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Literature Review
significance levels were lower than 5%, K-S test didnt show a higher rejection from normality hypothesis as they identified it to be a weak test as it considers only large number variations and ignores small changes.

Behavior of International stock return distributions: A simple

test of functional form By Vihang, kedreth and summon: (1990s) In this paper, they tried to find whether there are any differences in the global return distributions as per their Pearson types. For checking out whether this difference exits or not, they introduced a simple criterion called kappa. They studied two types of markets i.e. developed markets(DMS) and emerging markets and found that among DMS, they found a little difference in the their distributional form where as among EMS they differ from each other significantly. There are so many distributional types suggested to define stock returns for a particular market. Kappa criterion identifies the best among those distributions. The data consisted of 8 DMS and 8 EMS for the period JAN 1976 to DEC 1988.After studying the data, they concluded that the functional forms of stock market returns are similar over the period considered for DMS and is consistent with lognormal distribution which is often used. In the case of EMS the differences existed in the beginning and as the markets developed, their distribution forms also tend to replicate with those of the DMS.

The Empirical Distribution of UK and US Stock Returns: By RICHARD D. F. HARRIS AND C. COSKUN KUCUKOZMEN (2001) Defining appropriate distribution model for stock returns has been a difficult task and there had been many distributions that were proposed to define the stock returns. In this paper, authors have compared two of the most well-known


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Literature Review
distributions that have the ability of incorporating varied levels of skewness and kurtosis which is generally observed in the stock returns. Those two distributions are 1.Exponential generalized beta (EGB) and 2. Skewed generalized t distribution (SGT). These distributions are proposed by other researchers, but were considered in this paper for testing their efficiency. The data considered consists of continuously compounded daily, weekly and monthly returns of the UK and US stocks and indices spreading from January 1 1979 to December 31 1999.Later on, they consider implementation of VaR to check the implications of their results arrived. They concluded that EGB and SGT gave drastic improvement over normal distribution and SGT seemed to have given a slightly better fit than the EGB. They also found that at lower levels of significance, SGT gave a better VaR estimation for the UK than the other normal and student tdistributions. But at higher levels of significance, normal distribution proved to be a better tool for estimating the VaR for both UK and US portfolios.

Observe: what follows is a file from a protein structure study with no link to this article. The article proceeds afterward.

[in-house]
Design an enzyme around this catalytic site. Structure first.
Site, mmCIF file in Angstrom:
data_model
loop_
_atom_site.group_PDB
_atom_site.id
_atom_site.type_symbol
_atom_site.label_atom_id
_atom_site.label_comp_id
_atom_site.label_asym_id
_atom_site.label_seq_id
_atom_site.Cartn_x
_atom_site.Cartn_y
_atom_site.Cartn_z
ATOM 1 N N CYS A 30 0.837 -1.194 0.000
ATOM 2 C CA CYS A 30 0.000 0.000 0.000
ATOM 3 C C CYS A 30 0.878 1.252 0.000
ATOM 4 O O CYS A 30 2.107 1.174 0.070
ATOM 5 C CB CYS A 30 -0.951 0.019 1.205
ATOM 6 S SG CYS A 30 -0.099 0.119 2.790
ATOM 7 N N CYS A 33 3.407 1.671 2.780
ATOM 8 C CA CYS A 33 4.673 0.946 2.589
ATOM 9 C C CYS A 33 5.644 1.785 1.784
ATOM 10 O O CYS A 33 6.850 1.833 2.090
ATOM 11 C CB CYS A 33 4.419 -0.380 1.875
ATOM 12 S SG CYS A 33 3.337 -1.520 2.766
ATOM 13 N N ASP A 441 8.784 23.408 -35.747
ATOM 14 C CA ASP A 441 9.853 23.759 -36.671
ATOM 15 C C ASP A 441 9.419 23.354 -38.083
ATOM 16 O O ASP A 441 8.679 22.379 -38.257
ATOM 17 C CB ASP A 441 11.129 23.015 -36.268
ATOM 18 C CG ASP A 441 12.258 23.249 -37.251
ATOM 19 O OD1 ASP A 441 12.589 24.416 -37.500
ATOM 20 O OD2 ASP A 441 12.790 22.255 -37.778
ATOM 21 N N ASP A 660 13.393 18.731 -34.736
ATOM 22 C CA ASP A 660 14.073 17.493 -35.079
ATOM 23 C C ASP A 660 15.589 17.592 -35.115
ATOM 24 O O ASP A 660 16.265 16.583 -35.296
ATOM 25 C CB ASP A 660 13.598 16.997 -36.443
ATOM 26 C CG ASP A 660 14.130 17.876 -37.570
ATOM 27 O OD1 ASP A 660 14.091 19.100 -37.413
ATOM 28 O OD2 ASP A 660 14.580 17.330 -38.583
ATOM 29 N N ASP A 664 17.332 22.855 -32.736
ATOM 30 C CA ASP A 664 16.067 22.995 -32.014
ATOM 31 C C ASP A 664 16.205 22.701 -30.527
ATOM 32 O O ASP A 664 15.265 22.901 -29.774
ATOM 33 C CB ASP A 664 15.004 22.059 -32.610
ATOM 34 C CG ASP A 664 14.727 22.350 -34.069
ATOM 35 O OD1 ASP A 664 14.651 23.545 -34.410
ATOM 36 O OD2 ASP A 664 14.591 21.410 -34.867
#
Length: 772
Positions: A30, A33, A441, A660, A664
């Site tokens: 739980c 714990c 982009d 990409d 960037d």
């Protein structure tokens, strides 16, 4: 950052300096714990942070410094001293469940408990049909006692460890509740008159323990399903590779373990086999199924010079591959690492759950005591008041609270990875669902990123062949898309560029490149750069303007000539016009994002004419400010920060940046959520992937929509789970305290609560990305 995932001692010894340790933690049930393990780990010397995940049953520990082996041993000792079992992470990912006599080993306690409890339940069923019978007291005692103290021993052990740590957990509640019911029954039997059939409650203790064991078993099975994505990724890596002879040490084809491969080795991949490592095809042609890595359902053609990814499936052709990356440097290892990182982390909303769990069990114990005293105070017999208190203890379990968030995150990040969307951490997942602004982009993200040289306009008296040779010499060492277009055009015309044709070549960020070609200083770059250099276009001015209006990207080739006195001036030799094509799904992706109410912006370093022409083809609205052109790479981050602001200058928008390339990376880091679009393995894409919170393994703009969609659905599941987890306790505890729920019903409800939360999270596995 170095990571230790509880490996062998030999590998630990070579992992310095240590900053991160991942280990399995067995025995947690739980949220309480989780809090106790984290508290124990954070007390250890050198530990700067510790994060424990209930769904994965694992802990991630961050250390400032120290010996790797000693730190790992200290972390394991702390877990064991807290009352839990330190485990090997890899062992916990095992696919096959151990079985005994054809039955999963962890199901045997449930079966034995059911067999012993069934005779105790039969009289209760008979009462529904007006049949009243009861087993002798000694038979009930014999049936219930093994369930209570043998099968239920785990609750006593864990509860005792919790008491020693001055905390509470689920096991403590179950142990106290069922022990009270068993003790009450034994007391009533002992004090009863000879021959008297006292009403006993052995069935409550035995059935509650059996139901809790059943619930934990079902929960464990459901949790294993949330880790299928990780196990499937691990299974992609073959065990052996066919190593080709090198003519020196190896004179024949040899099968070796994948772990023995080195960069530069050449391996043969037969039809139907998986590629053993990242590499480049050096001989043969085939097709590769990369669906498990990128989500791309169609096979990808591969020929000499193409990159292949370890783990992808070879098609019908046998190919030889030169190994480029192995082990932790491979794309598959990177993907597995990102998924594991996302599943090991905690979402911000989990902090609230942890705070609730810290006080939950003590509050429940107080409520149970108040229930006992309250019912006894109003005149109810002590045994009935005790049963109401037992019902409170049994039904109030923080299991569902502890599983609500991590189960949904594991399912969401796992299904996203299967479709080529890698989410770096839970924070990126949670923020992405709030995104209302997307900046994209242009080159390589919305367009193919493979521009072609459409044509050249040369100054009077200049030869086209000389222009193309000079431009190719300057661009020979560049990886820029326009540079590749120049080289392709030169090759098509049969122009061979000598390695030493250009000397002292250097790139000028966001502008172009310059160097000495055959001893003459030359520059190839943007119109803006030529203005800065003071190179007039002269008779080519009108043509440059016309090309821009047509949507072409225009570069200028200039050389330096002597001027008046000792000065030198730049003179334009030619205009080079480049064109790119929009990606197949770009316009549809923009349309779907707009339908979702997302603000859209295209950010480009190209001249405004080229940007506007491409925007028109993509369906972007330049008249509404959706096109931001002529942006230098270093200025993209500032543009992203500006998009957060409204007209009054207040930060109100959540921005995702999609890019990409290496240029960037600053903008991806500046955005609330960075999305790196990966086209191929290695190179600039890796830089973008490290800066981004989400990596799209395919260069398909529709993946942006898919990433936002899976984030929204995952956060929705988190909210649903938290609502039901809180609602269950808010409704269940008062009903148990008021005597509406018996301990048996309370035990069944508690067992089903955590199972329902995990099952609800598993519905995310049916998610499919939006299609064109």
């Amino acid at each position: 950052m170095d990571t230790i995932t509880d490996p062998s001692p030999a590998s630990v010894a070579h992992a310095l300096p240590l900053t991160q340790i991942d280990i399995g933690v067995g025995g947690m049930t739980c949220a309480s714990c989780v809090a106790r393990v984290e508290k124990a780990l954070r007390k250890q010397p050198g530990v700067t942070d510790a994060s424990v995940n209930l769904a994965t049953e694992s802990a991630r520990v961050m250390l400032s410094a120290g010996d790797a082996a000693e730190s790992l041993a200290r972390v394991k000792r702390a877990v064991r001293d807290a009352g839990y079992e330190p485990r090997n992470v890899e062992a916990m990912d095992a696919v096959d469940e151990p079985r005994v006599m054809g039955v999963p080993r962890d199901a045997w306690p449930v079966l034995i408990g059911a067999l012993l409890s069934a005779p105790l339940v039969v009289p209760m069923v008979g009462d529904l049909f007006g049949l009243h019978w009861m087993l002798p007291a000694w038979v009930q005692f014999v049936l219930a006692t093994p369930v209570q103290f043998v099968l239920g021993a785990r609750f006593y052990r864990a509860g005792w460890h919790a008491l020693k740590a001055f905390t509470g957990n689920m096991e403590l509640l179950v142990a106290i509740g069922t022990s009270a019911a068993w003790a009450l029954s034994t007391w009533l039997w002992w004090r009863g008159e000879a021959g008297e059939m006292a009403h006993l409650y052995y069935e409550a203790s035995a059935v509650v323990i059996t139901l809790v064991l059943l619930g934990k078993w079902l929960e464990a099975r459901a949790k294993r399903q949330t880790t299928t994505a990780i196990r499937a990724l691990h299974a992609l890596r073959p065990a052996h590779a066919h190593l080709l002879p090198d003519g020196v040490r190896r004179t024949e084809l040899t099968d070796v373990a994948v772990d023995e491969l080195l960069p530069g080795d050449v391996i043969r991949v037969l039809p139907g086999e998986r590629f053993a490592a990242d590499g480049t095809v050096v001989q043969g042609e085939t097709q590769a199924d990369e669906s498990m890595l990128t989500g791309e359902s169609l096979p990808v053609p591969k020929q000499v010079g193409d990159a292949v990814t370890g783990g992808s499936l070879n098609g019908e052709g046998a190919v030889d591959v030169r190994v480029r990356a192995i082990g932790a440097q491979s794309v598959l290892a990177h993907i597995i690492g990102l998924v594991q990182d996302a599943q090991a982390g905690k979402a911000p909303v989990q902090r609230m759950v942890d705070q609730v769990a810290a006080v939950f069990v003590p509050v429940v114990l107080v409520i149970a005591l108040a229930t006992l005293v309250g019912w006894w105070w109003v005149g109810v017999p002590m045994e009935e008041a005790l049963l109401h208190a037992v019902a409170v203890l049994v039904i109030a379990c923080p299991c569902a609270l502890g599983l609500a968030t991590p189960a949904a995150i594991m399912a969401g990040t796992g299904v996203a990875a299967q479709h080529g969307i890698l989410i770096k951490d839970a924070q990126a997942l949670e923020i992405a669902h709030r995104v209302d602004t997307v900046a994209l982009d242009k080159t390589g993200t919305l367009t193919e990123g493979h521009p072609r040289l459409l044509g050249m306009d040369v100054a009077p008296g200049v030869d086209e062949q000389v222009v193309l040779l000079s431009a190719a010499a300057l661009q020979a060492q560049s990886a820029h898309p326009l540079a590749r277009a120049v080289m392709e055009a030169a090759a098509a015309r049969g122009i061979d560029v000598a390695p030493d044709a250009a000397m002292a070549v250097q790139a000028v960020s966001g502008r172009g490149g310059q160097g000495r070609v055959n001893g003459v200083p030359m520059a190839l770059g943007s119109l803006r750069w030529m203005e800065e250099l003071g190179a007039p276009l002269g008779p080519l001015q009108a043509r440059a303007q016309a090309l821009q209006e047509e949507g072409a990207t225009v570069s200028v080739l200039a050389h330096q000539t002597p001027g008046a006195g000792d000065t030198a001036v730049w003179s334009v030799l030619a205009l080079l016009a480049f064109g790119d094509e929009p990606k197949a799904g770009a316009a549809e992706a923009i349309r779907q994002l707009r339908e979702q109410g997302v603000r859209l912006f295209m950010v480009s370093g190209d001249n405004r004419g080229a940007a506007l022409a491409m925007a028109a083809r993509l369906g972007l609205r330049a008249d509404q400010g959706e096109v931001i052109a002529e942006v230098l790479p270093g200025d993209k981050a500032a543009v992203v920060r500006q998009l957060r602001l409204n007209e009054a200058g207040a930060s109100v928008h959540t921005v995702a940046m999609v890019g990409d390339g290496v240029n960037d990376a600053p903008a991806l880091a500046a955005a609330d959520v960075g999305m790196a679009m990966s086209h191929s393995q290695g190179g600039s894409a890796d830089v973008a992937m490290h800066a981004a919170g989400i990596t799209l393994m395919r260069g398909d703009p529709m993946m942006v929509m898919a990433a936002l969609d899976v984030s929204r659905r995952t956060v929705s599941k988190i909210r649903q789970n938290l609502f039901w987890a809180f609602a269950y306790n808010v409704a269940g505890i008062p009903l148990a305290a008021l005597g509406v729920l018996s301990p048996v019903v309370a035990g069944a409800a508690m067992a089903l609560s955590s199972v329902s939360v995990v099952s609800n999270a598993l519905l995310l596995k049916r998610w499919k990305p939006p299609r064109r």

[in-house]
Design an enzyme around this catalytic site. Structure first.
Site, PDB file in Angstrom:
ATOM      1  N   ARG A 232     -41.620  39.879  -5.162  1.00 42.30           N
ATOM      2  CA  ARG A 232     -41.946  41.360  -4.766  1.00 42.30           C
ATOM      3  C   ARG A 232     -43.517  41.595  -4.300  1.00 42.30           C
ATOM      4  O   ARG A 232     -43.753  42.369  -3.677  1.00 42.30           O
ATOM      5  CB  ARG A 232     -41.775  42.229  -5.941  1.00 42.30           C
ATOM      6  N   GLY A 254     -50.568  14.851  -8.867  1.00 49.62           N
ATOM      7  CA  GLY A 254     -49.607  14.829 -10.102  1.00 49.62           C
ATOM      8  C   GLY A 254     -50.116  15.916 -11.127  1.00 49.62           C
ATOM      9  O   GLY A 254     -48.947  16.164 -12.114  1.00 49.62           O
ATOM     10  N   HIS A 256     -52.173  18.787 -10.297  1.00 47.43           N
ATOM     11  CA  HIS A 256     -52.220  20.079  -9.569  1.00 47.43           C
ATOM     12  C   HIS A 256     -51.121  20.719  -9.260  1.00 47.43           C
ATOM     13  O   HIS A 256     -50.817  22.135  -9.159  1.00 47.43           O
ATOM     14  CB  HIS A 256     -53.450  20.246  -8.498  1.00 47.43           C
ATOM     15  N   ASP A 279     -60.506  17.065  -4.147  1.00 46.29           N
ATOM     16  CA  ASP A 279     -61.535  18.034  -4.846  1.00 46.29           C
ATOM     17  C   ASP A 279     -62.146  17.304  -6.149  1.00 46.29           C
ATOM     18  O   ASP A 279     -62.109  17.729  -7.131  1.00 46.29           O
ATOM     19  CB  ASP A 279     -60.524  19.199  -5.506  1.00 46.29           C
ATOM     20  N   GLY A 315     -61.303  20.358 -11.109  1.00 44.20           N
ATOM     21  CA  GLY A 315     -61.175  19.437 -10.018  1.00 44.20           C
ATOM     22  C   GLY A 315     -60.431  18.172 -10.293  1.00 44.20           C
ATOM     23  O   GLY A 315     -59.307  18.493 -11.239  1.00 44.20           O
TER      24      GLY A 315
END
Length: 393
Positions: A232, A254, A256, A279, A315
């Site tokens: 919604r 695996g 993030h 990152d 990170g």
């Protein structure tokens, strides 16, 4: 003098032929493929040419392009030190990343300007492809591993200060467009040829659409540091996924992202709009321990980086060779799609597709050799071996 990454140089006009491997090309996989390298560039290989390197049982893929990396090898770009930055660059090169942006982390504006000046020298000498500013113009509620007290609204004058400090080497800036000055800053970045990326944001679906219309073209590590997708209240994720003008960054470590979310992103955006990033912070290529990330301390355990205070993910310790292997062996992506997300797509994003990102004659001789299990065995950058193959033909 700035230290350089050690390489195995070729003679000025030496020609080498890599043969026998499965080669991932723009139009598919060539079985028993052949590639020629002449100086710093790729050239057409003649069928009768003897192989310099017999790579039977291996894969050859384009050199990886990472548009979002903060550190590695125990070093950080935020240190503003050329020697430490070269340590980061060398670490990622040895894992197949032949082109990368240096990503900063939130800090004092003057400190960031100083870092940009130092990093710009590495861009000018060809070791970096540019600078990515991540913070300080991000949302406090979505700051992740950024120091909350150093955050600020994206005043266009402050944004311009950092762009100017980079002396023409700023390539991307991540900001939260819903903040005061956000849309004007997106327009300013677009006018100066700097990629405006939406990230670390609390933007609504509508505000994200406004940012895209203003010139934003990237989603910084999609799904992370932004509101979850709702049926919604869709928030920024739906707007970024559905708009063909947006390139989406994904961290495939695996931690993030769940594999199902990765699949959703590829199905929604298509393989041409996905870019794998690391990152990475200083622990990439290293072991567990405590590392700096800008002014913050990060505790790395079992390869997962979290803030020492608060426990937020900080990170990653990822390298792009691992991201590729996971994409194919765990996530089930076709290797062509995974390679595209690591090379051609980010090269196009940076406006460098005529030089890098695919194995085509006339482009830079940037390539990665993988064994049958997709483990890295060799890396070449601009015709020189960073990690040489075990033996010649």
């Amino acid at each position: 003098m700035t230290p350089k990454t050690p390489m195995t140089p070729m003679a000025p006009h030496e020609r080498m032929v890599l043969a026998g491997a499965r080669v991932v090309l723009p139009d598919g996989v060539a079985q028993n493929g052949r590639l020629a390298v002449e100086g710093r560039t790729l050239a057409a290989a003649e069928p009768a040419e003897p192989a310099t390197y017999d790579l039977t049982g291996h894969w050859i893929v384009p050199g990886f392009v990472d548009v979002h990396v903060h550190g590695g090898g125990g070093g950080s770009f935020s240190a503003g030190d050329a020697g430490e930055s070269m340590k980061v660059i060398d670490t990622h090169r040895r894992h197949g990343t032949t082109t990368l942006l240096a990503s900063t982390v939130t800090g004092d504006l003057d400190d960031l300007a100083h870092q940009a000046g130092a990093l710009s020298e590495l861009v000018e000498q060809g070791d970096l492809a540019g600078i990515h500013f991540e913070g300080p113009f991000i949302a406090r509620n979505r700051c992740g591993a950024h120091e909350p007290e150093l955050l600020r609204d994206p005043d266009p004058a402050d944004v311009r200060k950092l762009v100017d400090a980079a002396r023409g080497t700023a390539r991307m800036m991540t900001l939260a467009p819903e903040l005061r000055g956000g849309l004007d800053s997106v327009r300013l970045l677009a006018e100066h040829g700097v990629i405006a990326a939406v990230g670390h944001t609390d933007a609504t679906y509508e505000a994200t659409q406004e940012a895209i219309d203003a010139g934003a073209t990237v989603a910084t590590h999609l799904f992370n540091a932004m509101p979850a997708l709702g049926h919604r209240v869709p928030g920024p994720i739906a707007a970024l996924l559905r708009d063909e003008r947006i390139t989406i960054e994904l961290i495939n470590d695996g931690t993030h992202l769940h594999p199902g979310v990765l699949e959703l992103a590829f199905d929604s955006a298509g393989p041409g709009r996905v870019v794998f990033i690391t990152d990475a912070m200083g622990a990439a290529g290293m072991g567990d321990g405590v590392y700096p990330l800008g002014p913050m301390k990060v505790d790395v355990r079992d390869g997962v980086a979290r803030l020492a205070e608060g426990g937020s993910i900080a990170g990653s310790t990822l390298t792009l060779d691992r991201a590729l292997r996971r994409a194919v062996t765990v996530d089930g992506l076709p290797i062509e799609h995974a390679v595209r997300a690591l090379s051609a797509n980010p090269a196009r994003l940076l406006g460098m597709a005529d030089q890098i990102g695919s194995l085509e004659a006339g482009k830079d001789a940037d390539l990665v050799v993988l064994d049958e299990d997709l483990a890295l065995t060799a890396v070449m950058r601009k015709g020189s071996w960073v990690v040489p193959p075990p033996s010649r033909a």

A Model For Stock Return Distribution: By Mikael Linden (2001)

A new type of distribution had been proposed by the author for characterizing the stock returns. It is also a type of mixture distribution in which a normal and an exponential distribution have been mixed. Maximum likelihood estimates were also done to check the validity of the distribution. The data consists of 20 most traded securities in the Finland market i.e. Helsinki stock market from June 1 1987 to January 28 1989. According to the author, Laplace distribution is the alternative preferable to normal distribution to accommodate the observed excess kurtosis. This distribution has been extended to the asymmetric case too. After doing empirical analysis, author found out that Laplace is a reasonably


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Literature Review
good model for defining the daily stock returns. But author had accepted the fact that the unconsidered parameters like time dependency and the other regressions involved would be considered in the subsequent research that would be taken up.

Mixed Normal Conditional heteroskedasticity: By Markus

Hass, Stefan Mitinik, and Marc s. Paolella. (2003) Mixed normal distributions which are unconditional in nature and GARCH models with conditionality have been introduced by the authors in this paper. They have used mixed normal combined with GARCH- type structure which agrees for conditional variance. The data considered consists of NASDAQ index daily returns from its inception i.e. from February 1971 to June 2001, a sample of 7681 observations. They then did the empirical analysis and also compared with the then most famous model i.e. Markov-switching model to check the differences and efficacy of the models. After the investigation into the properties of the stock returns, they came across the rich dynamics of the time varying skewness and kurtosis which were not captured by the other GARCH models have been incorporated through this model. They also gave insight for future investigations in the area of time varying mixture of weights, employing more general GARCH structures, multivariate models for realistic issues relating to risk management.